As you travel Missouri, you find the state has ties to many well-known figures of historical importance, including author Mark Twain and President Harry S Truman.
The Show-Me State also offers great lessons on the lives of prominent scientist George Washington Carver, author Laura Ingalls Wilder, outlaw Jesse James and animation pioneer Walt Disney.
Twain, who was born Samuel Clemens, is perhaps Missouri’s most famous son. Born in the city of Florida, Twain grew up in Hannibal and used the Mississippi River city as the basis for many of his famous works, including The Adventures of Tom Sawyer and The Adventures of Huckleberry Finn.
Today, Twain’s presence looms large over Hannibal, where the Mark Twain Boyhood Home and Museum is just one of many attractions where the author’s legacy lives. You’ll find a statue of Twain in the city’s Riverview Park and see him depicted as a young riverboat captain at Glascock’s Landing on the riverfront. And you can go underground to Mark Twain Cave, which was detailed in five of his books.
While Twain is widely credited as the Show Me State’s most-famous writer, he’s not the only one who had a way with words. President Harry S Truman – the only Missourian ever elected president – popularized a variety of expressions: He was known to reference “Monday morning quarterbacks” and often is credited for the phrase “The buck stops here.”
Creativecommons.org/ Matt Turner
For more on Truman, visit the Truman Birthplace State Historic Site, which is in Lamar, and the Harry S Truman Library and Museum and the Truman National Historic Site (Truman Home), both of which are in Independence. Additionally, people who visit Independence have the opportunity to walk in Truman’s footsteps by taking a stroll on the Harry S Truman Walking Trail, a 2.7-mile path that features some of the sites Truman – an avid walker – saw on his regular jaunts.
Creativecommons.org/ Bryce Edwards
If you like following in famous footsteps, perhaps a trek north of Independence, to Kearney, is in order. That’s where you’ll find the Jesse James Farm and Museum, which features a large collection of James family artifacts and includes Jesse’s original grave site.
More on James can be found even farther north in St Joseph, where attractions include the Jesse James Home (where James was shot and killed on April 3, 1882) and the Heaton-Bowman-Smith Funeral Home, where the wicker basket used to transport his remains is displayed.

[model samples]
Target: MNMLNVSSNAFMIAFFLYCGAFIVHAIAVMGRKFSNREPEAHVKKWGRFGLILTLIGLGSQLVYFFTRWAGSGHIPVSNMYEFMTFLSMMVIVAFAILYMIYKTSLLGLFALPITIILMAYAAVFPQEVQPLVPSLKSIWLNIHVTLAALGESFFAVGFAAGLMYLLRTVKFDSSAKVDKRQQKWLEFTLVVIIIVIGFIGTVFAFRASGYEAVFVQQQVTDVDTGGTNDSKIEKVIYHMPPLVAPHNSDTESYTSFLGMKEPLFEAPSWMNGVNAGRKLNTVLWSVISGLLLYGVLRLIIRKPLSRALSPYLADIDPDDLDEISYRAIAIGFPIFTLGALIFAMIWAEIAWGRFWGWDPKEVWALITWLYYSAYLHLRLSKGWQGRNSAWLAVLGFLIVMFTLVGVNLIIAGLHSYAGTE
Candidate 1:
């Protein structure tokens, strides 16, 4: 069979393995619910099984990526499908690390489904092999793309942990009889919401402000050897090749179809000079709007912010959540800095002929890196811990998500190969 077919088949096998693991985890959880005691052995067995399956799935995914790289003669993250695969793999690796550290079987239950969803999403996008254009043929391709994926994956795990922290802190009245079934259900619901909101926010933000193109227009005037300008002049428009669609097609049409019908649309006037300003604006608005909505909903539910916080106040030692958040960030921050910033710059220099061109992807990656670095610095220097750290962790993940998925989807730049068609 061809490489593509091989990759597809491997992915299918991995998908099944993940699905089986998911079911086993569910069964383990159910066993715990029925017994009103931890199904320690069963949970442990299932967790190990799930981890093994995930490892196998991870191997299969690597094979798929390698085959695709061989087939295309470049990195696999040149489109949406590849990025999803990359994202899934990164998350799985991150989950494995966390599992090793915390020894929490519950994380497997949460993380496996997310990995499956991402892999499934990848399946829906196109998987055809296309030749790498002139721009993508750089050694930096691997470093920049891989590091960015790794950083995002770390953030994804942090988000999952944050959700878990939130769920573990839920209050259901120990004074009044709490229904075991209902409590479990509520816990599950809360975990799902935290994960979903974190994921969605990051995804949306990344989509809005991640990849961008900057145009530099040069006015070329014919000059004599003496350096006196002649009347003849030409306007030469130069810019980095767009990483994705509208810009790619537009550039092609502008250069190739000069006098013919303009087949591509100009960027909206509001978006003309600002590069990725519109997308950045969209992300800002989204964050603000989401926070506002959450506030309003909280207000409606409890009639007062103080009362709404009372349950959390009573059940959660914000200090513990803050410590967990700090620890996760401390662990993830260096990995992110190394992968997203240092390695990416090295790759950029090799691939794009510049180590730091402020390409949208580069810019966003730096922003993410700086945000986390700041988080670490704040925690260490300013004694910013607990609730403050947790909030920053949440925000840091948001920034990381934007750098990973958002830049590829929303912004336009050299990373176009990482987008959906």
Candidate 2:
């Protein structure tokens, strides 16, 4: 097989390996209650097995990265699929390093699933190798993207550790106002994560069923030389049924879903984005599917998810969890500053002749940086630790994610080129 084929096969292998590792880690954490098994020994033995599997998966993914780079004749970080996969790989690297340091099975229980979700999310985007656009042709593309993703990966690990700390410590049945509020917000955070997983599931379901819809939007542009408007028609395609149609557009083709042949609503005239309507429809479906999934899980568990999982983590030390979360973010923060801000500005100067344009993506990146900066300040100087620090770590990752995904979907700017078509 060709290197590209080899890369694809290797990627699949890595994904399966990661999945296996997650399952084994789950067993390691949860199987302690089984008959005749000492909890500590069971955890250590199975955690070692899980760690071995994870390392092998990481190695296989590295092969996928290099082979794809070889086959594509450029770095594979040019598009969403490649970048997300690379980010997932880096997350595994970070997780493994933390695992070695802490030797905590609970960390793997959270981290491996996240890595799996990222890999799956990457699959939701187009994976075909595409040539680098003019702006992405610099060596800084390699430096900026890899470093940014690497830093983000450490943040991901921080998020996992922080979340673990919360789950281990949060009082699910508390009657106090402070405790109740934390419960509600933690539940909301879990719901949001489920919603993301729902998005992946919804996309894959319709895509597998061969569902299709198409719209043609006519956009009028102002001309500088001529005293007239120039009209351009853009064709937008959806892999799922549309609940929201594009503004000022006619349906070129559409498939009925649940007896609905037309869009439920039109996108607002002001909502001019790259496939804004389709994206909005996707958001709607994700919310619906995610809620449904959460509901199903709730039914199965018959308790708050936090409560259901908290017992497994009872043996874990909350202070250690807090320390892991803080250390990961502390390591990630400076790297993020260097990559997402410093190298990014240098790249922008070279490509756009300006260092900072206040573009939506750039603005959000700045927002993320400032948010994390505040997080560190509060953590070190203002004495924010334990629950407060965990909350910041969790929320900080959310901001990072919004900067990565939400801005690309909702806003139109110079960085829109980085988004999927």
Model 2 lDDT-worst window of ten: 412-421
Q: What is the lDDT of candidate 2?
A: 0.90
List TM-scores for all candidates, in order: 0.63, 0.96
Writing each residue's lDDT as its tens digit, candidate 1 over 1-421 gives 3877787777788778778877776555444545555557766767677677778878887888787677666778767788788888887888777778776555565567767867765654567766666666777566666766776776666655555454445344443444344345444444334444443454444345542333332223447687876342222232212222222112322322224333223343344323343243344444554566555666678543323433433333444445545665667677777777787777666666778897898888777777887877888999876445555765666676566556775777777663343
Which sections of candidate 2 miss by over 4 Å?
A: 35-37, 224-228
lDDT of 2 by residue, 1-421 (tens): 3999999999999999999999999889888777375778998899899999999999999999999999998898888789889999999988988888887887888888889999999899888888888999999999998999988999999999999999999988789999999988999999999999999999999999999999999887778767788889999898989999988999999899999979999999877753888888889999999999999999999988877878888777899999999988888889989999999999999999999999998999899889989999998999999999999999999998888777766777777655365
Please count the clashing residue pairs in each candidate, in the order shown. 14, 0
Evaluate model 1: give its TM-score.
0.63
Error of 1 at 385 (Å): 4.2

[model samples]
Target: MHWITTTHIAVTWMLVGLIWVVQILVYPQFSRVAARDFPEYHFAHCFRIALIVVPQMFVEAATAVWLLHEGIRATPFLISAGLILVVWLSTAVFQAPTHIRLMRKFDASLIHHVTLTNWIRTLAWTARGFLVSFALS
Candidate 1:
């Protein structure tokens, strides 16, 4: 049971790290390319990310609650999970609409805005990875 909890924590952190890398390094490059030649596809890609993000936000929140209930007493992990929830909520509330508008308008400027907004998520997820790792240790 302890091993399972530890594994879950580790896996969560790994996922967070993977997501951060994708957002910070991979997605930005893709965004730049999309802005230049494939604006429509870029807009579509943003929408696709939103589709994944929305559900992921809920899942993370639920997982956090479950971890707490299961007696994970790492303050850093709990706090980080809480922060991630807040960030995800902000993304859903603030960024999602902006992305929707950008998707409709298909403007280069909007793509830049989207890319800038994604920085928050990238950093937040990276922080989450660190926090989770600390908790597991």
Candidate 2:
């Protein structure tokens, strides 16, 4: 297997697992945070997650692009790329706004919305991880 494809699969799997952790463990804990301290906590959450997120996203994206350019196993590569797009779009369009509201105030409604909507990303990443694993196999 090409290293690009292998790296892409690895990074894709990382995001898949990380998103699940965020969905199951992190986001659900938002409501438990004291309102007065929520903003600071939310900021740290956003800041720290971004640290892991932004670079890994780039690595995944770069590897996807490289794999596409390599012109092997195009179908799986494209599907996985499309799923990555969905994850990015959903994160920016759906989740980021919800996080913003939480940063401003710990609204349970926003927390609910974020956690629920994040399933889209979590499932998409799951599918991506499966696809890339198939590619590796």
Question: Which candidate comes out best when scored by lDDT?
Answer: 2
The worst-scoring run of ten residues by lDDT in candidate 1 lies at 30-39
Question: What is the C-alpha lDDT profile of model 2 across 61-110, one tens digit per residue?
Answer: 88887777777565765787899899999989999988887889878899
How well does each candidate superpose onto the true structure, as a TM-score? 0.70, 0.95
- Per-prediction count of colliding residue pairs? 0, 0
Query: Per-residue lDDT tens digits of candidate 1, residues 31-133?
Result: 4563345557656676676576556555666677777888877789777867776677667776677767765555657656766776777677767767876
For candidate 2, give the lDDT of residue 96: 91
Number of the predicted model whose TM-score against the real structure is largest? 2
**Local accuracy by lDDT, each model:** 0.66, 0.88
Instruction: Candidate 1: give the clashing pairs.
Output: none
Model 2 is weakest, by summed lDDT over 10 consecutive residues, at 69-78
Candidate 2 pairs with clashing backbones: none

When looking for famous folks with Missouri roots, don’t overlook Carver, whose interest in agriculture began budding while he lived on a farm in southwest Missouri.
Today, the George Washington Carver National Monument, fills the property Moses and Susan Carver owned just outside of Diamond and pays tribute to one of this country’s greatest scientists.
Spanning 240 acres – the entirety of which is actually considered the monument to Carver – the site contains the mile-long Carver Trail, the Carver Family Cemetery and the 1881 Carver House. The Carver National Monument also has a visitor centre and museum.
Creativecommons.org/ Sheila Scarborough
Also in southwest Missouri, the city of Mansfield pays tribute to another famous author who called Missouri home – one whose books focused on early 19th century life in the Midwest. At the Laura Ingalls Wilder Historic Home and Museum, learn more about the author of the beloved Little House on the Prairie books and her most-famous works.
There are two homes to tour: the farmhouse, which Laura and her husband, Almanzo, built upon moving to Missouri in 1894; and the Rock House, which their daughter Rose had built for them in 1928.
The museum contains artifacts, including handwritten manuscripts of some Little House books, keepsakes of the Ingalls and Wilder families, and many other items familiar to readers.
In northwest Missouri, travel to Marceline, where popular culture and history meet. Marceline was the childhood home of Walt Disney, who created iconic characters such as Mickey Mouse, and brought animation to the big screen with classics such as Snow White and the Seven Dwarfs and Cinderella.
Disney spent part of his youth in the railroad town of Marceline, which retains its ties to the animation pioneer through the Walt Disney Dreaming Tree and Barn, located on the old family farm, and the Walt Disney Hometown Museum. You also find an elementary school and post office that bear Disney’s name.